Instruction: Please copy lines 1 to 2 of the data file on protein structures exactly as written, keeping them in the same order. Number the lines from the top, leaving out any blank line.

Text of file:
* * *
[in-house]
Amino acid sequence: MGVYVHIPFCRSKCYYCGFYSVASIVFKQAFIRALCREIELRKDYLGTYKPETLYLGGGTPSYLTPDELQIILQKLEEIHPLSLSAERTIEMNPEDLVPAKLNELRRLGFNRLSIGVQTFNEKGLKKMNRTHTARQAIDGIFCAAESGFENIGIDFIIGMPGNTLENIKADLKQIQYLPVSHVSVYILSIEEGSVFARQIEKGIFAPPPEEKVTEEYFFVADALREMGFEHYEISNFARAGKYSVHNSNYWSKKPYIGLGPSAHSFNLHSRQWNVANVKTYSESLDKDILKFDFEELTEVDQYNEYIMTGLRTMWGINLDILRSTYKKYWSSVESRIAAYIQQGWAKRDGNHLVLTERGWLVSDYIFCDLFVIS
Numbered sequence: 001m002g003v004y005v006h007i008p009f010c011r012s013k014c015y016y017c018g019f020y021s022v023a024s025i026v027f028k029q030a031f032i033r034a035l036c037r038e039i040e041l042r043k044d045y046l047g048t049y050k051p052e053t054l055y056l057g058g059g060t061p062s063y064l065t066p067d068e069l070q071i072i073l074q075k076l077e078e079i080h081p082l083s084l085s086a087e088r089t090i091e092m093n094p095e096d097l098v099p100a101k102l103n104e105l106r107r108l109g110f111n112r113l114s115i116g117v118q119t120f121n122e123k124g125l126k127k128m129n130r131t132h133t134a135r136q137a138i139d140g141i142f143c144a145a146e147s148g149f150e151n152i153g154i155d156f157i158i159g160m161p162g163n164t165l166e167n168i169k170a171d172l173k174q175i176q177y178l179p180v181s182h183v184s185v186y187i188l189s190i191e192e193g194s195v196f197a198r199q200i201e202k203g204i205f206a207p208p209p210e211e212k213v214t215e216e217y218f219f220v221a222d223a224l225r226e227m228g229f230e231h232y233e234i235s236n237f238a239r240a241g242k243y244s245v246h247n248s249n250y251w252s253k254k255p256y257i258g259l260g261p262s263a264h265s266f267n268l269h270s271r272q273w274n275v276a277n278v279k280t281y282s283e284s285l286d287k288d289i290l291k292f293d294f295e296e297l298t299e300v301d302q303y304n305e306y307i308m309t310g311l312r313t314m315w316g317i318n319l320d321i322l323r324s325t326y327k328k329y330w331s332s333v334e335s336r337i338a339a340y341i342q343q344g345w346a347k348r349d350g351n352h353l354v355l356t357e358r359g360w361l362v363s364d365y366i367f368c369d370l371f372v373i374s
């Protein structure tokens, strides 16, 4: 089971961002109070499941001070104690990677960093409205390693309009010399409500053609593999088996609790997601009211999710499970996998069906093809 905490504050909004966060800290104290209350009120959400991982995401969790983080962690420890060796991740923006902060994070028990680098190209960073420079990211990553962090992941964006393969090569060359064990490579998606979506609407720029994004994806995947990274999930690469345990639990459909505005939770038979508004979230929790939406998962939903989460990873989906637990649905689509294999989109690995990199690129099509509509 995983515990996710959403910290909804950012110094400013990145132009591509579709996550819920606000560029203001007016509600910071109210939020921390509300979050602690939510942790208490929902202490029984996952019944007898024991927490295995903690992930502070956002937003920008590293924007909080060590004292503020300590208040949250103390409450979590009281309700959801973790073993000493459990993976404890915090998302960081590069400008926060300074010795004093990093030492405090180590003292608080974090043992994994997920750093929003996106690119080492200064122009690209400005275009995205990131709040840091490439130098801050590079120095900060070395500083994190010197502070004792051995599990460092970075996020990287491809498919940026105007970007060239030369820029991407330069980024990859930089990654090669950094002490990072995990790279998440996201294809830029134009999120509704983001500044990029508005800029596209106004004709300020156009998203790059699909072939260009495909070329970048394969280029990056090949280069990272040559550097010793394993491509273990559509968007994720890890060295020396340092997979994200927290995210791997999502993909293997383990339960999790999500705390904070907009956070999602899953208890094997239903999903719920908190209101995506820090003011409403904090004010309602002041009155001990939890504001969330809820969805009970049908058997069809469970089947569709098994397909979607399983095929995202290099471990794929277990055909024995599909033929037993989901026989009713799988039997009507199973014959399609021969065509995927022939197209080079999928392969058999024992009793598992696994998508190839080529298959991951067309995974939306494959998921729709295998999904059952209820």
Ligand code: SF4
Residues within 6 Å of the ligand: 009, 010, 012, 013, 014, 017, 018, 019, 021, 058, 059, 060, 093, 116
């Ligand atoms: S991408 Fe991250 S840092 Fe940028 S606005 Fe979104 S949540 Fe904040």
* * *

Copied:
[in-house]
Amino acid sequence: MGVYVHIPFCRSKCYYCGFYSVASIVFKQAFIRALCREIELRKDYLGTYKPETLYLGGGTPSYLTPDELQIILQKLEEIHPLSLSAERTIEMNPEDLVPAKLNELRRLGFNRLSIGVQTFNEKGLKKMNRTHTARQAIDGIFCAAESGFENIGIDFIIGMPGNTLENIKADLKQIQYLPVSHVSVYILSIEEGSVFARQIEKGIFAPPPEEKVTEEYFFVADALREMGFEHYEISNFARAGKYSVHNSNYWSKKPYIGLGPSAHSFNLHSRQWNVANVKTYSESLDKDILKFDFEELTEVDQYNEYIMTGLRTMWGINLDILRSTYKKYWSSVESRIAAYIQQGWAKRDGNHLVLTERGWLVSDYIFCDLFVIS